You can manage Chrome’s “handlers” feature by opening Chrome’s Settings screen from the menu and jumping into the “Advanced” section.

From here, click “Content Settings” in the Privacy section, then “Manager Handlers.”

Firefox allows you to control the applications Firefox users for various types of links from its options window. Select the Applications icon to change the action associated with various types of content. For example, you can use Gmail or Yahoo! Mail for email links, Mibbit for IRC links, Google Calendar or 30 Boxes for webcal links, and so on.

Enable Offline Web Apps

Desktop applications have one big advantage over web apps: they can generally be used offline, while web apps cannot. This isn’t a problem much of the time, but if you want to read your email, view your calendar, or edit a document on an airplane or in an area with a spotty Internet connection, it can be obnoxious.

However, many web apps do support offline features. Apps like Gmail, Google Calendar, and Google Docs have offline support in Google’s own Chrome browser, but unfortunately not in Firefox. Amazon’s Kindle Cloud Reader works offline in both Chrome and Firefox, giving you offline access to downloaded Kindle books.

If you’re a Chrome user, you can view web apps that support offline access by browsing the offline-enabled apps section in Google’s Chrome Web Store.

Run Web Apps in the Background

Chrome also allows web apps to run in the background, even when Chrome doesn’t appear to be running. This allows apps like Gmail Offline to continue syncing Gmail to your PC for offline use, even when no Chrome browser windows are open.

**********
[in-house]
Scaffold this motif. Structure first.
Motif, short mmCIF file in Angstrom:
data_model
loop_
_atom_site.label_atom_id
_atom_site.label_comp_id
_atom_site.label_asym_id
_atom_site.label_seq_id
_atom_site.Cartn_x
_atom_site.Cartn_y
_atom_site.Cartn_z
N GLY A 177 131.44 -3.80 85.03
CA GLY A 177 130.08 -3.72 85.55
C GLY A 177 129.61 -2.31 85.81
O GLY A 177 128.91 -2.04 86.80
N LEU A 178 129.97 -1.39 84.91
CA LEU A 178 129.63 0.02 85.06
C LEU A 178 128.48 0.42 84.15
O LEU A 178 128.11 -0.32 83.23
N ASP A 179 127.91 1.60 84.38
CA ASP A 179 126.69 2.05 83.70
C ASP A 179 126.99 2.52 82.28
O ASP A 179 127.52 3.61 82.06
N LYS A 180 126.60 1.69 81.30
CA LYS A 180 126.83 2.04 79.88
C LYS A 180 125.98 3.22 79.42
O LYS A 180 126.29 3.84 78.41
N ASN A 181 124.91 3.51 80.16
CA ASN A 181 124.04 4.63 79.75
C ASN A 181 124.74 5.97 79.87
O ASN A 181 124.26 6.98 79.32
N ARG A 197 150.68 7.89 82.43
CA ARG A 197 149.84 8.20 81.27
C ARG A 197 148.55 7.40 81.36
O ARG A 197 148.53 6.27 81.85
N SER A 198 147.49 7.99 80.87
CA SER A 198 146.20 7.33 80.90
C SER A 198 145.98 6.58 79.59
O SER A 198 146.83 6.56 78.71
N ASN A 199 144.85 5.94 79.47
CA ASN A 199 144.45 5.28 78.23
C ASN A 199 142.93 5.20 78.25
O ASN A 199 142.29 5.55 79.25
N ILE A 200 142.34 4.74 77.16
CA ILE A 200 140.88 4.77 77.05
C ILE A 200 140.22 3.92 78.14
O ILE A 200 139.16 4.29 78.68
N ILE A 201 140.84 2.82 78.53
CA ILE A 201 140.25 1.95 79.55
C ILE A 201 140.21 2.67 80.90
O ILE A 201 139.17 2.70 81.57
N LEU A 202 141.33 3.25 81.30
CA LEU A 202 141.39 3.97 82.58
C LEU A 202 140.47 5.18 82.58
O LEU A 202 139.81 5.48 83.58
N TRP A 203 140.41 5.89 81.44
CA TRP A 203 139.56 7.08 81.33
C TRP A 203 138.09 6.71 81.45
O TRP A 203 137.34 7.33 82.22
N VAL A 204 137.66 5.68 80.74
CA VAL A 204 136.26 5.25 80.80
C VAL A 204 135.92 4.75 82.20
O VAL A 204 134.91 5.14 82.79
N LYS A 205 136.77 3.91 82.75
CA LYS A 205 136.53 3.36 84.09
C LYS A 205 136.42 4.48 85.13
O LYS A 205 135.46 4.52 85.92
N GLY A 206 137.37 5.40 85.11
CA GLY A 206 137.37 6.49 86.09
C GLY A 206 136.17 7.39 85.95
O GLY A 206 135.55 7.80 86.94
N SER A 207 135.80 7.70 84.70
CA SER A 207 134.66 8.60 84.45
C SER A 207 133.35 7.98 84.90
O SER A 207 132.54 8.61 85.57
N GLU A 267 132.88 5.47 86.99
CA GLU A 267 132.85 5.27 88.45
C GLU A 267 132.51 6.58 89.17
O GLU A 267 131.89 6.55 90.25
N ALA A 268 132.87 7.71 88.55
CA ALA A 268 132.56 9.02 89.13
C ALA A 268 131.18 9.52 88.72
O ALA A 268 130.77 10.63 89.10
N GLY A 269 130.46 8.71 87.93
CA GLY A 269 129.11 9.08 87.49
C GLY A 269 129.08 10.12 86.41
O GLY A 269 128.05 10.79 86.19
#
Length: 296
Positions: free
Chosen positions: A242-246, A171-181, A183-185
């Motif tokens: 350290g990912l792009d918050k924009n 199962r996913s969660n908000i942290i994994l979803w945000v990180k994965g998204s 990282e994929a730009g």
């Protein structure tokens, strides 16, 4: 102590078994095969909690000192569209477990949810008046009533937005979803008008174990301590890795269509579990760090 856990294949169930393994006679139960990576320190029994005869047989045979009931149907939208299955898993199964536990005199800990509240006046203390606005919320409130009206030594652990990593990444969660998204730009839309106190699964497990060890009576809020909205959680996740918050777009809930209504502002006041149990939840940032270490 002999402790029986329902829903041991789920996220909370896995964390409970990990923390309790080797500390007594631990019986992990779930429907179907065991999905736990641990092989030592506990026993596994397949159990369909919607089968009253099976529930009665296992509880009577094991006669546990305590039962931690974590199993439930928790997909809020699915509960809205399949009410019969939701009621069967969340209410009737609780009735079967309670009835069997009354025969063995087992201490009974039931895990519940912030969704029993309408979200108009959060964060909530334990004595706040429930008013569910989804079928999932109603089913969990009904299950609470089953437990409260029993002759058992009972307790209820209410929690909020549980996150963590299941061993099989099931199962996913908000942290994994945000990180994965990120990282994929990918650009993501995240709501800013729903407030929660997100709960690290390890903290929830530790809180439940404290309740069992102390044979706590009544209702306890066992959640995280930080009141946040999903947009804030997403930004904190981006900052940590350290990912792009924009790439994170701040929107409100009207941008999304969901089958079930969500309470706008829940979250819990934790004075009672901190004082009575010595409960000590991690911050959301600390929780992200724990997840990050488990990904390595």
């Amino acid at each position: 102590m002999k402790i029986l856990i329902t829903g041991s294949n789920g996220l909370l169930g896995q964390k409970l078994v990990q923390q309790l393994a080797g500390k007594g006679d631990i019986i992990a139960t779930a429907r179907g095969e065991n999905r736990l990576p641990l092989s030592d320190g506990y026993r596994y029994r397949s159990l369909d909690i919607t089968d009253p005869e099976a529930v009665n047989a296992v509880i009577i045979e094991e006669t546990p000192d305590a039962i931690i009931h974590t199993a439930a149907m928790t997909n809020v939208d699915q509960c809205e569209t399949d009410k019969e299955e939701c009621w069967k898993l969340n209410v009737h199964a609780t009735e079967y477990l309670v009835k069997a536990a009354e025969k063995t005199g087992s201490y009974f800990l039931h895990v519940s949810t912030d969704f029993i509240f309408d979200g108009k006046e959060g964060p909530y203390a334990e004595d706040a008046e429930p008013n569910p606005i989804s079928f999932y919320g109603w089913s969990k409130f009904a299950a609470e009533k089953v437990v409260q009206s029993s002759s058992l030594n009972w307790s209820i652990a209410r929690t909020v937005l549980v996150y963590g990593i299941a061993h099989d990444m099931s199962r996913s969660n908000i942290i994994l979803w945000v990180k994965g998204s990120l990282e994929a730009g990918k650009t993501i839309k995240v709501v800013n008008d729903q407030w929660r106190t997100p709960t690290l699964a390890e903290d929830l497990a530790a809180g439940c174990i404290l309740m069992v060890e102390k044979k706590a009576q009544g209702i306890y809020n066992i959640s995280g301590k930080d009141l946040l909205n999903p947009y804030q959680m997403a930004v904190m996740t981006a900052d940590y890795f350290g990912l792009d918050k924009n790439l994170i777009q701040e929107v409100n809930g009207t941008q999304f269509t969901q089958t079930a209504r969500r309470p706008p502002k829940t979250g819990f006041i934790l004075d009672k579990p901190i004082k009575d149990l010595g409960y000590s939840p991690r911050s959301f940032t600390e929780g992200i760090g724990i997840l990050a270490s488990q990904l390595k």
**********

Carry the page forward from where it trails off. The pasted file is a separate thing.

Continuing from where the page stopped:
This feature is enabled by default. You can optionally disable it by opening Chrome’s Settings screen, clicking Show advanced settings, and unchecking the “Continue running background apps when Google Chrome is closed” check box under the System section.

We’ve come a long way since the “old days” of the web, with web apps becoming an integral part of how you can interact with your computer. In fact, I would assume 90% of all my computer use comes from web apps—from music to documents and work, my PC is essentially a Chrome machine most of the time.

Profile Photo for Chris Hoffman Chris Hoffman
Chris Hoffman is Editor-in-Chief of How-To Geek. He's written about technology for over a decade and was a PCWorld columnist for two years. Chris has written for The New York Times and Reader's Digest, been interviewed as a technology expert on TV stations like Miami's NBC 6, and had his work covered by news outlets like the BBC. Since 2011, Chris has written over 2,000 articles that have been read more than one billion times---and that's just here at How-To Geek.
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Profile Photo for Cameron Summerson Cameron Summerson
Cameron Summerson is ex-Editor-in-Chief of Review Geek and served as an Editorial Advisor for How-To Geek and LifeSavvy. He covered technology for a decade and wrote over 4,000 articles and hundreds of product reviews in that time. He’s been published in print magazines and quoted as a smartphone expert in the New York Times.